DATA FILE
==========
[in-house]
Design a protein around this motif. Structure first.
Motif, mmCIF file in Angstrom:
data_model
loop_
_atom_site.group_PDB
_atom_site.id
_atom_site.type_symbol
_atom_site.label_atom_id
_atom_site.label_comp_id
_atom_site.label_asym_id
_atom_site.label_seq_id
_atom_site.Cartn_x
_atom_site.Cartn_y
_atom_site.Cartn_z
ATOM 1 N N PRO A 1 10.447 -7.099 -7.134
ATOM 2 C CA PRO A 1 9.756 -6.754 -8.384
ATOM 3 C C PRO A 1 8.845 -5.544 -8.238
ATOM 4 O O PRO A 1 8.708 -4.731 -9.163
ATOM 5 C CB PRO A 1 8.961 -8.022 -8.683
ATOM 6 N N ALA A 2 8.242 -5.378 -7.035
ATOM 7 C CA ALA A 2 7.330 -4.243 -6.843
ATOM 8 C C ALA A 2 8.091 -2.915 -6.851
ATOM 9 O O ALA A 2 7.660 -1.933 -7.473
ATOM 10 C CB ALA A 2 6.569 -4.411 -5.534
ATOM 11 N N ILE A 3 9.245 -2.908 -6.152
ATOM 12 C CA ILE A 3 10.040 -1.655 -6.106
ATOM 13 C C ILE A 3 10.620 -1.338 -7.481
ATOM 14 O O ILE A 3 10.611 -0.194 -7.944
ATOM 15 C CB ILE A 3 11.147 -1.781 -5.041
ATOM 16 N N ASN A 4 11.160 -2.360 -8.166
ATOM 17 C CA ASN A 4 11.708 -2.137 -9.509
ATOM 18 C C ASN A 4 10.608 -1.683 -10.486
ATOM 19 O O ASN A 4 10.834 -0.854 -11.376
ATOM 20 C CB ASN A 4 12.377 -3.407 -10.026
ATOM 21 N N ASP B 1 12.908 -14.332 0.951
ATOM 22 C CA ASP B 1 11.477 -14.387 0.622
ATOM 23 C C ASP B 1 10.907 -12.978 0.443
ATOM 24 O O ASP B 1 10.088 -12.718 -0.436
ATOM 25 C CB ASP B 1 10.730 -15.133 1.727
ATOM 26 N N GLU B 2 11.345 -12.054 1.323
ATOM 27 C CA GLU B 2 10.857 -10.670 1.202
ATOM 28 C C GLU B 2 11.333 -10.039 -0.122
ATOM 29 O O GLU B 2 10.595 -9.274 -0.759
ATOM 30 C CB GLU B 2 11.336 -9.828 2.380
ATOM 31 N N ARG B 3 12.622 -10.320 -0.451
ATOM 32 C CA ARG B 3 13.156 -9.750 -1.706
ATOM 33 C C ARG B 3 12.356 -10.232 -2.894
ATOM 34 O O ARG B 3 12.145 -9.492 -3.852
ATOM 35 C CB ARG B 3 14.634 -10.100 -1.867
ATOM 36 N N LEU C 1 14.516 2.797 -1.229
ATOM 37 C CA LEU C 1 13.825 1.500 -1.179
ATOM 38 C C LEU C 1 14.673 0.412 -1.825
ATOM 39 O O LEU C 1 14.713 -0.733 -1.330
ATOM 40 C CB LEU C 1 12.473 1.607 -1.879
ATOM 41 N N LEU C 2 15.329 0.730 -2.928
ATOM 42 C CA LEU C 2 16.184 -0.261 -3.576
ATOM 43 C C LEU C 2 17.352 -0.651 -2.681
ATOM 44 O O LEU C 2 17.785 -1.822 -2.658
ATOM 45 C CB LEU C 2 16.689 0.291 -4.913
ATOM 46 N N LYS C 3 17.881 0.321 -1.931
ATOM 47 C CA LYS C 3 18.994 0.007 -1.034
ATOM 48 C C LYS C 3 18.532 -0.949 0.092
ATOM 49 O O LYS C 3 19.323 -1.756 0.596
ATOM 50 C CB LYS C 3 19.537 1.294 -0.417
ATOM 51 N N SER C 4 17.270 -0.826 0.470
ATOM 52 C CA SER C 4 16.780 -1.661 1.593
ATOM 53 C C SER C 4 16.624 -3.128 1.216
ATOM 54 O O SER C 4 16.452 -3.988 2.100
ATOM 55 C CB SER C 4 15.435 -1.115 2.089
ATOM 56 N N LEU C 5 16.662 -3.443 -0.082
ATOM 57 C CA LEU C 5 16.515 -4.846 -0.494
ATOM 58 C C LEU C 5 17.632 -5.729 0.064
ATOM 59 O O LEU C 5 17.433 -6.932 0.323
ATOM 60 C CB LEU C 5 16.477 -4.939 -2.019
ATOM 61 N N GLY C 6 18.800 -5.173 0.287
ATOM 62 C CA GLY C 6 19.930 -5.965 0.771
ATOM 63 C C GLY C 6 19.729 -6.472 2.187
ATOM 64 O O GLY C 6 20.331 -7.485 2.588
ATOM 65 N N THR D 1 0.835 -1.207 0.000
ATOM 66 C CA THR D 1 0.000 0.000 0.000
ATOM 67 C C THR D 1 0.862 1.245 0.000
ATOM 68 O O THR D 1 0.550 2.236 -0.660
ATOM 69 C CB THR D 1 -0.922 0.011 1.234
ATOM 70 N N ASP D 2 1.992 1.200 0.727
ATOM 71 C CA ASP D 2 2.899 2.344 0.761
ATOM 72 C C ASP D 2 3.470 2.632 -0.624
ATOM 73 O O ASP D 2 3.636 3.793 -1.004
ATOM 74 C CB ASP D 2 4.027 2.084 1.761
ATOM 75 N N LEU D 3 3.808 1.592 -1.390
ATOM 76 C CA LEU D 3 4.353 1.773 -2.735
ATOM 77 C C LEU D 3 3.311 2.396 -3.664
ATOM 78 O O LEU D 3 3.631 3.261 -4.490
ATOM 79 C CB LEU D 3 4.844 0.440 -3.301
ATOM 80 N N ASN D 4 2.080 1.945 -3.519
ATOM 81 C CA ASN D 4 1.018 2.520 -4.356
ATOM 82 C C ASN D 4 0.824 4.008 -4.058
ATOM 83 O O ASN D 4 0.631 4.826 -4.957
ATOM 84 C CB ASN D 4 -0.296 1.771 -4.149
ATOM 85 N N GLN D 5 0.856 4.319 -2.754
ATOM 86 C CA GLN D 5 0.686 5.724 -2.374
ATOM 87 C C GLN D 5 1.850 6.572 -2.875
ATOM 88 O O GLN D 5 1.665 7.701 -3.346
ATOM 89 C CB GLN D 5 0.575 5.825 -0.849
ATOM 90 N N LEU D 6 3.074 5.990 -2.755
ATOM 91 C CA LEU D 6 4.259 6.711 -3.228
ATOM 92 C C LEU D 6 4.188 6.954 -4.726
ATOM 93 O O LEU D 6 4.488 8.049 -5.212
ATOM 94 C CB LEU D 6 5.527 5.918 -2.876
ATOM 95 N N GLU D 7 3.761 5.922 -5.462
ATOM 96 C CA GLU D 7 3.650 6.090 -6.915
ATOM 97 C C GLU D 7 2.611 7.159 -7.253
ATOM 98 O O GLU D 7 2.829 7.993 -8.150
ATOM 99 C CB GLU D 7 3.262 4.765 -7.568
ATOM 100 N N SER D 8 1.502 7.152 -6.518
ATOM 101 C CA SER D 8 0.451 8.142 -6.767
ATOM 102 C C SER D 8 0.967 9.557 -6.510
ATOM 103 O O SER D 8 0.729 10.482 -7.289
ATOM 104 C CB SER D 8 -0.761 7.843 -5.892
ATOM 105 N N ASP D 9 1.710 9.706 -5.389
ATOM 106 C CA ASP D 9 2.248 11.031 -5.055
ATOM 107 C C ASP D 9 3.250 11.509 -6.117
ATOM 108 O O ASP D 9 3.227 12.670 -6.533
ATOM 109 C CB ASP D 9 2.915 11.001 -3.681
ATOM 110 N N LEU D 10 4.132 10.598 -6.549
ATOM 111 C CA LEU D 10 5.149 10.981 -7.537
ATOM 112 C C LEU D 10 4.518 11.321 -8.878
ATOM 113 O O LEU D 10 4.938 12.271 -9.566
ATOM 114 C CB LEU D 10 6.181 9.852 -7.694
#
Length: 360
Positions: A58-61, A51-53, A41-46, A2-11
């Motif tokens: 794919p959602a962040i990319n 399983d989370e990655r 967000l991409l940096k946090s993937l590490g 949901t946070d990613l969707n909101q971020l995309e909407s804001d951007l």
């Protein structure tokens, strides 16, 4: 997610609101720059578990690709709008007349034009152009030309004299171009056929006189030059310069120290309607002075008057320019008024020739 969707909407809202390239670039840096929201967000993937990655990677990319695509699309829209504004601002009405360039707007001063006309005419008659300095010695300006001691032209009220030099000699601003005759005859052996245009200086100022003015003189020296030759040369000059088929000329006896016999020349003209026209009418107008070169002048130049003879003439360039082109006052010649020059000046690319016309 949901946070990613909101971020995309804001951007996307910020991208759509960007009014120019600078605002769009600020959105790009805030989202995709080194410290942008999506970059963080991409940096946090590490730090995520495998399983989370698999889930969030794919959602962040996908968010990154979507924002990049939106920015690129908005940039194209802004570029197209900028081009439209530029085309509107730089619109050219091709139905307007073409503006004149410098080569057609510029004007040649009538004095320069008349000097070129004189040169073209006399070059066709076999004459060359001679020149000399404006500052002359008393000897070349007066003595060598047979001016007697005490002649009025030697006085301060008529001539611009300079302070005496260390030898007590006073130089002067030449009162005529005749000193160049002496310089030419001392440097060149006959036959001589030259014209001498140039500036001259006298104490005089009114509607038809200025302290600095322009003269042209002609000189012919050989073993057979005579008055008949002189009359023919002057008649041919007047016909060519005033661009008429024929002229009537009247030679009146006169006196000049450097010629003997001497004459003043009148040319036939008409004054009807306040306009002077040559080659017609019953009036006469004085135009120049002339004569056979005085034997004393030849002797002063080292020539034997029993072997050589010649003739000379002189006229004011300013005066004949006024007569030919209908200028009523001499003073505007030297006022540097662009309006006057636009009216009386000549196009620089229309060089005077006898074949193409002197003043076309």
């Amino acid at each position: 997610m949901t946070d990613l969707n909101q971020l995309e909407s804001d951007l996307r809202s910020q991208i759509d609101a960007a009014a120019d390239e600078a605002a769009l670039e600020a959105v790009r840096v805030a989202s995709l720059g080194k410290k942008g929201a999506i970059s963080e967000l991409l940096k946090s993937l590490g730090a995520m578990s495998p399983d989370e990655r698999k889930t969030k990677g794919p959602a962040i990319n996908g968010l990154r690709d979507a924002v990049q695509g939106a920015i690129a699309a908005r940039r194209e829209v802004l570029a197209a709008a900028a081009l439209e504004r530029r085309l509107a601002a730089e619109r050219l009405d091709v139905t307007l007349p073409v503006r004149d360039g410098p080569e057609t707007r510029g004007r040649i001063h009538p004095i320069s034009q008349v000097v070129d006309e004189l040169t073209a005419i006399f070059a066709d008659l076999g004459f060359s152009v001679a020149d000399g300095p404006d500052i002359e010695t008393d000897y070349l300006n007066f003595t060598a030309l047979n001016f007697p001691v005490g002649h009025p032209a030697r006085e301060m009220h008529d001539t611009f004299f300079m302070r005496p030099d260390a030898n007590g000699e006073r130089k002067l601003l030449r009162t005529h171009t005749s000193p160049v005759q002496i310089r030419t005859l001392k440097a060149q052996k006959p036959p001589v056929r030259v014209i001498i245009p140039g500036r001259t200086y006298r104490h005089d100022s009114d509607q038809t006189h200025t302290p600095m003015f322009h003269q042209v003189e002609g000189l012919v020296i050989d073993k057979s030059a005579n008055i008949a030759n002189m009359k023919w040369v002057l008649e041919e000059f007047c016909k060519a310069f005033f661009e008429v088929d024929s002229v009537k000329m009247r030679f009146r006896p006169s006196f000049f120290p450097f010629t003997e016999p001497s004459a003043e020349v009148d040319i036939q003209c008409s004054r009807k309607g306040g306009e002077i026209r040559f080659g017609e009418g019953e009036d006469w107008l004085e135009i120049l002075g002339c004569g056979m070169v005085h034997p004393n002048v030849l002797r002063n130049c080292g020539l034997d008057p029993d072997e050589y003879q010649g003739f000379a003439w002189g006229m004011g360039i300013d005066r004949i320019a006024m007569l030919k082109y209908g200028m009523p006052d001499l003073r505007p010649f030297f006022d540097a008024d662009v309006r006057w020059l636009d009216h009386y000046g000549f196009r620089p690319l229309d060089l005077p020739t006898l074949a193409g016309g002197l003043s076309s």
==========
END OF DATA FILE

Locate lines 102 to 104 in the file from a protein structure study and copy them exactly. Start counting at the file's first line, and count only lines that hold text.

ATOM 87 C C GLN D 5 1.850 6.572 -2.875
ATOM 88 O O GLN D 5 1.665 7.701 -3.346
ATOM 89 C CB GLN D 5 0.575 5.825 -0.849